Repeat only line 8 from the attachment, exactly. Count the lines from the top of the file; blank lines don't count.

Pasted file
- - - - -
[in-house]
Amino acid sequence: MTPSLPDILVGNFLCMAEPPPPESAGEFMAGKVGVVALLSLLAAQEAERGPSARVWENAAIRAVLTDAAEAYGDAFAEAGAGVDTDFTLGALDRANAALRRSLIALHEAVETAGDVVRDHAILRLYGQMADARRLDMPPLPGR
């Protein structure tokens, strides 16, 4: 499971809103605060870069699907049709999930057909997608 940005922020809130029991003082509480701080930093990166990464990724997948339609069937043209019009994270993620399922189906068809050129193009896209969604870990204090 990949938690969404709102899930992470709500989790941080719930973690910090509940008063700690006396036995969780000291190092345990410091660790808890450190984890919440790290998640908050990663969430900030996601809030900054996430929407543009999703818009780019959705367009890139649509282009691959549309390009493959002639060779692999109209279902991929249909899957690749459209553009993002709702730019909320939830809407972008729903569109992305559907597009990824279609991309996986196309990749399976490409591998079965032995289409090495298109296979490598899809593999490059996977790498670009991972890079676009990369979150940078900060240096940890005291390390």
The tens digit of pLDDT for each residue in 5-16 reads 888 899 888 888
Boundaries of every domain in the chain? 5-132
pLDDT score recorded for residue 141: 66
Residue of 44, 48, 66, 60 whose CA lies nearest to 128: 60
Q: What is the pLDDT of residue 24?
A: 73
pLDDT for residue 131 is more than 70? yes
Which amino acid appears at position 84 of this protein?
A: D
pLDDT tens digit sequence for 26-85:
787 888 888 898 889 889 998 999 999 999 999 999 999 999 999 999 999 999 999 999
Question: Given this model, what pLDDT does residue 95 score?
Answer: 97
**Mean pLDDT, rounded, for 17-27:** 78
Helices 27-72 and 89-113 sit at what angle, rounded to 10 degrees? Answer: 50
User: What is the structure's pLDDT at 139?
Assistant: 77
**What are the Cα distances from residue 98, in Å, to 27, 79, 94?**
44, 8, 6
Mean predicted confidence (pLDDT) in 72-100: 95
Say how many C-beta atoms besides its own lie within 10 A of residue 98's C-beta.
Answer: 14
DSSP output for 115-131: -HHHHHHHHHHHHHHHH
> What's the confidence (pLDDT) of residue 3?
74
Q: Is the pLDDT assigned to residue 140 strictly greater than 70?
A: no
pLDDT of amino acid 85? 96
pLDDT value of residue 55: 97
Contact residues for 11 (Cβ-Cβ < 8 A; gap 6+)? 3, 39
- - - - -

Q: What is the pLDDT of residue 24?